“I can just be myself when I skate. I don’t have to pretend. You know what I mean?”
I do know what she means. I’m speaking to Oumi Janta over video call and, occasionally, the 29-year-old sends her cobalt wool braids spinning around her as she shoots her arms up in the air to try and find the words to describe her incredible year.
Before the pandemic hit, Oumi could often be spotted skating on Tempelhofer Feld consumed in the world of her movement. She would glide along the flush asphalt, drifting between friends as they shot short videos for her growing Instagram page.
It was on account of these videos that Oumi’s life would change entirely. She went from being a locally-known icon of the Berlin summer to a globally adored symbol of genuine carefreeness. “Every summer, even on days when I was working, I would try and go onto the feld and just enjoy the last bits of the sun, the last hours of the day,” she tells me with a palpable relaxedness. As we come to the end of a truly remarkable, dolorous year, it only makes sense that almost a million people would want to tap into Oumi’s joie de vivre. “It’s really nice to just enjoy time … not rushing too much. Just enjoy life for a second. Don’t look at the time. How late is it? We don’t care! Just skate, let’s start. And now it’s dark, so let’s go home,” she says.
Sometime in spring, I was doomscrolling on Twitter before doing a double-take, and scrolling back up to hover over a video of a woman jam skating. She danced so languidly; like liquid on her eight wheels. It was Oumi. Jam skaters move with gymnastic changeability, engaging their entire bodies to execute complicated combinations all the while remaining poised. The exact origin of the style is disputed but is generally reported to have emerged in Florida, and the Canadian-American Great Lakes region in the 1990s, pioneered by young Black American skaters who translated breakdancing onto wheels.
The same video circled back to me a couple days later. It had been originally posted by Scandal actor Kerry Washington and was garnering clicks at breakneck speed. Before long, millions of people across the world would seek respite from the pandemic world in Oumi’s videos, which have since been shared by the likes of Viola Davis and Alicia Keys. They are, quite simply, a pleasure to watch. Uncomplicated studies of joy personified; Oumi’s playful happiness seems to leak from the screen. “Here’s a video that has made me all fuzzy inside,” posted one Twitter user alongside the now-iconic video of Oumi freestyle skating in a striking yellow co-ord on a sunny day.
Oumi tells her story with such calmness – though her path to four-wheeled glory wasn’t as straightforward as one might think. Speaking frankly, she cites her parents’ separation as the catalyst for a series of events that eventually led her to dedicate her time to skating. “When you’re a kid it puts you under a lot of stress and pressure. Parents fighting. Everything. So I tried to hide myself in creative things,” she says, before listing a number of typical childhood hobbies. “I liked ice skating, you know, the movements, making big, round shapes,” she says, drawing a circle around her head with her arms.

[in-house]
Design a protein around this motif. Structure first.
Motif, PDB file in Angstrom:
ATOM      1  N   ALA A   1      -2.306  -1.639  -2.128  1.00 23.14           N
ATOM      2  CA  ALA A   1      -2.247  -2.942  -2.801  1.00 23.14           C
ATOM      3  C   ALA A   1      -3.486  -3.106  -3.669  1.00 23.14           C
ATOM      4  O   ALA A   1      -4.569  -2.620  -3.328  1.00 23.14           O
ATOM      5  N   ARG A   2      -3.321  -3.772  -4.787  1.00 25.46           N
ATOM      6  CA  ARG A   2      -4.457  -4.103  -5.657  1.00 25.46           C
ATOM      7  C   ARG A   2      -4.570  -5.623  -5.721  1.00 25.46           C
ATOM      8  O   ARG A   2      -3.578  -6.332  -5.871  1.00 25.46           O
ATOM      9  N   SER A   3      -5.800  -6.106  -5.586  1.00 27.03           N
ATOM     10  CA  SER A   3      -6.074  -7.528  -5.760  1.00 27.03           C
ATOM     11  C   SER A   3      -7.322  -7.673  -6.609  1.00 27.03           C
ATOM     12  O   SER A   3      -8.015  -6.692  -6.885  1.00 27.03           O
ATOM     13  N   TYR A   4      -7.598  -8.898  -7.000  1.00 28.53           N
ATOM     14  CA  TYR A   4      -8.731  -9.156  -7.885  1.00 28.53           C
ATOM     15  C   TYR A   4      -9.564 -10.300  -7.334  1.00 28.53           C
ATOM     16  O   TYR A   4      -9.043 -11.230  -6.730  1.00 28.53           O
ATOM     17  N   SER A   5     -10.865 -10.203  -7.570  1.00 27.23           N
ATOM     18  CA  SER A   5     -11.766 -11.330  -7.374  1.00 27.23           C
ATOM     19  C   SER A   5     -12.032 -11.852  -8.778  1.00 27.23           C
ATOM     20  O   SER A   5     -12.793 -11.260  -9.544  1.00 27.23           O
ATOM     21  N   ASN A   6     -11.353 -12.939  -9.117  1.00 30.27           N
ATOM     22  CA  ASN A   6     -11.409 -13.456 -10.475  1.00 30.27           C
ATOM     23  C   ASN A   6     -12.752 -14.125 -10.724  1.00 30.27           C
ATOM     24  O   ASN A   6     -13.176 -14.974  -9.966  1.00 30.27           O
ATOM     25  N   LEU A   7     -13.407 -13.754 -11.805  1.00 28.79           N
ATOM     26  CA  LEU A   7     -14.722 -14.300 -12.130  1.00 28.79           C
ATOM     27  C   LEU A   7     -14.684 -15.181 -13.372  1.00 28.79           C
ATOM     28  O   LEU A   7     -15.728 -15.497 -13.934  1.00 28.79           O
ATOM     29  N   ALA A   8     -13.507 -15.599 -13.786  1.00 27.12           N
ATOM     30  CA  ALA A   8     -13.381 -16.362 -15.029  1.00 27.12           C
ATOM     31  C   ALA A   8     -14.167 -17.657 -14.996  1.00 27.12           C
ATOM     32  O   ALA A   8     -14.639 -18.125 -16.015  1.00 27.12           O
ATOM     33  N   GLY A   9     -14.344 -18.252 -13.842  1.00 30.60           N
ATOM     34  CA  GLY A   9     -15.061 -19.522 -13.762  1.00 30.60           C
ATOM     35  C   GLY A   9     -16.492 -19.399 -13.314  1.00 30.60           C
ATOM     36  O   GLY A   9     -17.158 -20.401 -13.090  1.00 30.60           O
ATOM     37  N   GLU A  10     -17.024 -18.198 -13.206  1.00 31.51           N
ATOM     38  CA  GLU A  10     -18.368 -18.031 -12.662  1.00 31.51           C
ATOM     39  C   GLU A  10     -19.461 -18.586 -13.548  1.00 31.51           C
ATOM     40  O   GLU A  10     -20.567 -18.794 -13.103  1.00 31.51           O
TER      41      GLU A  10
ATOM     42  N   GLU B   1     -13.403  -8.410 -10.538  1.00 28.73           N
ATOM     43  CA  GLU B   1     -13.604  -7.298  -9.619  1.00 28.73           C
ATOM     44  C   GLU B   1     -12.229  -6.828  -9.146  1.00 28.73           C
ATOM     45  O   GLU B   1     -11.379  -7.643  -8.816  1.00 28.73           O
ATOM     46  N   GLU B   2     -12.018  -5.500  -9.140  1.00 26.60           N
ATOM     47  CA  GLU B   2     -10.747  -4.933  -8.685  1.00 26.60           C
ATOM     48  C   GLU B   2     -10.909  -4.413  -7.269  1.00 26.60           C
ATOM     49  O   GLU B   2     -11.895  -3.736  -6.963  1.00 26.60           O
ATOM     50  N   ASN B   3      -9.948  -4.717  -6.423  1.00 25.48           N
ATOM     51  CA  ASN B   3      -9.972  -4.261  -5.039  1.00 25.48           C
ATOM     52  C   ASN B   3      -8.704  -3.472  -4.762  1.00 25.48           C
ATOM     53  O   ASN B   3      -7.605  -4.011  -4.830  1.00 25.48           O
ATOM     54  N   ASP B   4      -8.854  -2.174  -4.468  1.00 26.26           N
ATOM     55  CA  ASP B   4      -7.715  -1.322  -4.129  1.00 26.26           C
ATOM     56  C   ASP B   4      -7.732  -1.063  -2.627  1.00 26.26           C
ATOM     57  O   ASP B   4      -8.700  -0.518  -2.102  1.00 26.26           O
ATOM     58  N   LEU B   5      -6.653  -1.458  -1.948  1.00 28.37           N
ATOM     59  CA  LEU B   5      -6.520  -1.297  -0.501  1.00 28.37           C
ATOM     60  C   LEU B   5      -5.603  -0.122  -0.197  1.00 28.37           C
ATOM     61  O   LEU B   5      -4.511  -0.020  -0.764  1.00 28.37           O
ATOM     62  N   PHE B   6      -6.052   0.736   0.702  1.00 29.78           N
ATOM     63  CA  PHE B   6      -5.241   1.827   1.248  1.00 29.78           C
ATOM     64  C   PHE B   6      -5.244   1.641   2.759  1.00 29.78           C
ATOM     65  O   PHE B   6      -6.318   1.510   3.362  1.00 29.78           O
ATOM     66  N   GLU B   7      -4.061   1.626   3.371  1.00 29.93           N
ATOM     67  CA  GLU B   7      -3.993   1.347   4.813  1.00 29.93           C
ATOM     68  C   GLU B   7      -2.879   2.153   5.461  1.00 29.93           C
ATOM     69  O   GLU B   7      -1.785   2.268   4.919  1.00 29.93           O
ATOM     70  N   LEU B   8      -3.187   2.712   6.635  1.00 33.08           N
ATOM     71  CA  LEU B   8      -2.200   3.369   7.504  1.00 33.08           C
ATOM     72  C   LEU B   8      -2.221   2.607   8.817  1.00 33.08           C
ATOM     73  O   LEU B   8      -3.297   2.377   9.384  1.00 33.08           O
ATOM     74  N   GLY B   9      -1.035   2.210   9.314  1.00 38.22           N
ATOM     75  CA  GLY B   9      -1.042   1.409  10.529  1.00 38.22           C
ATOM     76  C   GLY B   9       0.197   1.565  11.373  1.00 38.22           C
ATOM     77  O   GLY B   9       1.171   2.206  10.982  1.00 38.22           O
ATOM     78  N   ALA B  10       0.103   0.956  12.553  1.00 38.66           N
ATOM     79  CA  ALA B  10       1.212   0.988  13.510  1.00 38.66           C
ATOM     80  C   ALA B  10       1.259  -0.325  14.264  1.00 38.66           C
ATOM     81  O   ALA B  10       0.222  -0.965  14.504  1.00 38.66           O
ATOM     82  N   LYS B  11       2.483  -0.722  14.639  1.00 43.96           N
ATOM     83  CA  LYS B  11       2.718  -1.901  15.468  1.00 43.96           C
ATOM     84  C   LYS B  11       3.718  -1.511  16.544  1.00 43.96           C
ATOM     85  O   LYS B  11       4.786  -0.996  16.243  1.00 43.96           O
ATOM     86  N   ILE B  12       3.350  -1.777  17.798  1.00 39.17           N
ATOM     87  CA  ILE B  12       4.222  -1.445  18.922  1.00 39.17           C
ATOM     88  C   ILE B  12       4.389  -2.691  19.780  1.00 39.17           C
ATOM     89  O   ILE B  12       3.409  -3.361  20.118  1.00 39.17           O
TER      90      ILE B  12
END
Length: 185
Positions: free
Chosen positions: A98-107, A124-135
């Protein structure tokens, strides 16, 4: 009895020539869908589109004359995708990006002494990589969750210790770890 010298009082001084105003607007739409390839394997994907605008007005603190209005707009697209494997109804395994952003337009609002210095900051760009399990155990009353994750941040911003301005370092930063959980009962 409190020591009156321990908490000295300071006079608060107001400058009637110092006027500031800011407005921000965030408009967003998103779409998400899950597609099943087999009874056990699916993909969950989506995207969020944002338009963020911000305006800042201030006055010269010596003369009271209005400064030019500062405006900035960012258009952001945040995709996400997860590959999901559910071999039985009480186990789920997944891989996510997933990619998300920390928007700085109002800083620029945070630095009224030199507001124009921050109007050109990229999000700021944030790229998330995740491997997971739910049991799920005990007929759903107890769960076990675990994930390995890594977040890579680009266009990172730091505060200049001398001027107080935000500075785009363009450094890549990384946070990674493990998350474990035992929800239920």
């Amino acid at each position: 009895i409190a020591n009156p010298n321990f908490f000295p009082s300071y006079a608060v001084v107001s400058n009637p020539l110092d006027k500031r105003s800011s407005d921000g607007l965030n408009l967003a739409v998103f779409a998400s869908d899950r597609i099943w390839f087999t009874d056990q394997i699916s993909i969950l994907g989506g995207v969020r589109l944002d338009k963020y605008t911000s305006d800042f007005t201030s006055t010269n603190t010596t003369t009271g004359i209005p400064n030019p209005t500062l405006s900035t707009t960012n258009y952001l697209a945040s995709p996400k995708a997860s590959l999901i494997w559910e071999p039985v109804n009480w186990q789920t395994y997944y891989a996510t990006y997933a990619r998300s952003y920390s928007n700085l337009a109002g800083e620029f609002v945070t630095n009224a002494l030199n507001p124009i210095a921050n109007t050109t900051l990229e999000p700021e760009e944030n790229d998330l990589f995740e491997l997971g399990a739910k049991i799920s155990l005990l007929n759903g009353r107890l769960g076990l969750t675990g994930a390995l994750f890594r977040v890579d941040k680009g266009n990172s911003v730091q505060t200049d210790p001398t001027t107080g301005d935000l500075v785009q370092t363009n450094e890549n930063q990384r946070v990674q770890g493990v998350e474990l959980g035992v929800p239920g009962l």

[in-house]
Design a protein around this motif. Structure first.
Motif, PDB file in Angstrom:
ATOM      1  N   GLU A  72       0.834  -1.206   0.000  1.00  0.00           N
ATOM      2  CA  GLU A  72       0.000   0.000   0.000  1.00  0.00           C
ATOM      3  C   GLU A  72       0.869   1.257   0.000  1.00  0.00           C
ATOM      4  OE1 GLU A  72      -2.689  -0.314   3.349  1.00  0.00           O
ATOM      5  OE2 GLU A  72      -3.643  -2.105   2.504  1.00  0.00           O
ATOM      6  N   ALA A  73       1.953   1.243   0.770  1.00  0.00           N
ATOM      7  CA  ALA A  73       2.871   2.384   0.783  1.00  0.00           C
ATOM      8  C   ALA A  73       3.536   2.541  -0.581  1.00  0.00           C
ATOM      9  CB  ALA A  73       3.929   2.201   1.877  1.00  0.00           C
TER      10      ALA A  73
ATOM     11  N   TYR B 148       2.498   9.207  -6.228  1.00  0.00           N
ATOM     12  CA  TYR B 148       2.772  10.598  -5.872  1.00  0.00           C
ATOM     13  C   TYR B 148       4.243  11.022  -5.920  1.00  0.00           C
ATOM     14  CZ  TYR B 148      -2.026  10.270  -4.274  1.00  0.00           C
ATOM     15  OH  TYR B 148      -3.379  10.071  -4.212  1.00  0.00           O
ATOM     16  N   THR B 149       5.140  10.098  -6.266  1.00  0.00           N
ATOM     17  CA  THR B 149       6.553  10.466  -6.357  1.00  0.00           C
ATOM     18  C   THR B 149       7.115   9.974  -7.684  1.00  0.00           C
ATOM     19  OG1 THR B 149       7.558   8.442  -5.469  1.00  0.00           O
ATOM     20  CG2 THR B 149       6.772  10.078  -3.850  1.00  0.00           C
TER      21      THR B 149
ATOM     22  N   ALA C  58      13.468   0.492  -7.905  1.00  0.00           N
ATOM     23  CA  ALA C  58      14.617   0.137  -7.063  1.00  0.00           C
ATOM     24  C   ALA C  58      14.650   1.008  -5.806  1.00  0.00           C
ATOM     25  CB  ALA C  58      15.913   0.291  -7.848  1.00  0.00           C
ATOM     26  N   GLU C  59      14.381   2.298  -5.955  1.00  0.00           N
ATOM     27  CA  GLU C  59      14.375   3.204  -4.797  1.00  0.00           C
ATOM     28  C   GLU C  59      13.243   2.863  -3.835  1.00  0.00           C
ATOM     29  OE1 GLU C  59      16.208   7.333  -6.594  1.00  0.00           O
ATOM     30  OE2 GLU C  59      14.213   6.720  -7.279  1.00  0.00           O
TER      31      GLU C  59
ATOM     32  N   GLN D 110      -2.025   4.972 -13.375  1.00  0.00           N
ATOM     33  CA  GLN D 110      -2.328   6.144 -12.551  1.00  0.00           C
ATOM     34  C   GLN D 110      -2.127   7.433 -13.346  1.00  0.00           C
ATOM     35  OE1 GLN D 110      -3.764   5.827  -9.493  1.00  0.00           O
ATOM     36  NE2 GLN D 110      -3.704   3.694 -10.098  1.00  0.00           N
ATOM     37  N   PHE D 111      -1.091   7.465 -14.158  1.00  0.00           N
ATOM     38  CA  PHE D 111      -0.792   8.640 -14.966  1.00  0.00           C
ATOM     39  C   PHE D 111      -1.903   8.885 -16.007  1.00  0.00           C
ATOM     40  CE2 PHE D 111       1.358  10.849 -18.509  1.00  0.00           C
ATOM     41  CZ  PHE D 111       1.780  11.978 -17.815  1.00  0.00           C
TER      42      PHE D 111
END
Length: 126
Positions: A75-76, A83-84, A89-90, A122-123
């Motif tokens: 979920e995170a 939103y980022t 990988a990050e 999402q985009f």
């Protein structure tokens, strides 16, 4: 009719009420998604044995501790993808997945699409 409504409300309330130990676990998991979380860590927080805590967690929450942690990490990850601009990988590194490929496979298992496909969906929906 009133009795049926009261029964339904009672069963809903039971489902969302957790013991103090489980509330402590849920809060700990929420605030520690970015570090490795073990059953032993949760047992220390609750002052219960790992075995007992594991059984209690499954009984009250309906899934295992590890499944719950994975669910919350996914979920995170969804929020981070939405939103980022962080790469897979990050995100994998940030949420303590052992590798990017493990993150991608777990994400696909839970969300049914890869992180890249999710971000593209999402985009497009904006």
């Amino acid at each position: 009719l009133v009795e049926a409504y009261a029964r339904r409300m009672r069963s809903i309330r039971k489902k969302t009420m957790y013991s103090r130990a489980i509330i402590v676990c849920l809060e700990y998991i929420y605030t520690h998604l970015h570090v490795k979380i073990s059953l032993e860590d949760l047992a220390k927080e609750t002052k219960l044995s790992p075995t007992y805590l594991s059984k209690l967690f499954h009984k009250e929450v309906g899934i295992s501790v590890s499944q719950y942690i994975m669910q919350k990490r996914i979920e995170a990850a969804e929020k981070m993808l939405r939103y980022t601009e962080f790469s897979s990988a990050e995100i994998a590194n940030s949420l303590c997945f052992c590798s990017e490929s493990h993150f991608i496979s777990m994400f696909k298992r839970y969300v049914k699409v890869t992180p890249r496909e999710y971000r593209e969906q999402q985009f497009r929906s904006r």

“When your parents separate as a kid it puts you under a lot of stress and pressure, so I tried to hide myself in creative things”
“Do you know Surya Bonaly?” I ask.
“She didn’t fit into the jury’s imagination,” Oumi replies. Any Black girl who has ever loved skating—whether on or off the ice—knows Bonaly’s name. In 1998, at the Nagano Winter Olympics, the French former competitive figure skater, three-time World silver medalist and five-time European champion, became the only figure skater to land a backflip on one blade. It was her third Olympics. She was still recovering from an injury and, already knowing that she would not place for a medal, opted instead to “leave a trademark” and perform a “Bonaly”, her signature (yet illegal) move.
The then 24-year-old finished tenth. She retired from competition later that year. Her legacy of formidable talent and athleticism remains entangled in the legend of her exceptionalism, which itself was soiled by misogynoir. Like me, Oumi only learned of Surya’s existence belatedly. “I just – I didn’t know! I just didn’t know. If I did, maybe she could have been like a role model for me.” Before long, Oumi left ice skating behind, along with most sports. “I kind of lost it, like, the ‘sporty’ thing. I was more driven to paint and draw.” It was only when, years later in 2014, Oumi, then an industrial design undergraduate, happened upon a roller disco with friends that she picked up skating again. It stuck that time around.
Roller skating has a segregated history, too. Just shy of a hundred years after James Leonard Plimpton patented the design for the first quad skate, Kyle Black’s grandparents opened Detroit’s Rollercade. The Rollercade was the first African-American owned skating rink in the US, it welcomed Black skaters every night, rather than just on euphemistically named “soul” or “adult nights.”
As Dyana Winkler, co-director of the 2019 documentary United Skates explains, it is the persistence of Black skaters that nurtured the culture of care and kindredness still tangible in skating today. “It’s not just skating. It’s the children that are being watched by those around them. It’s the grandparents that are playing dominoes and go to listen to the music. It’s a whole community that is taking care of each other.”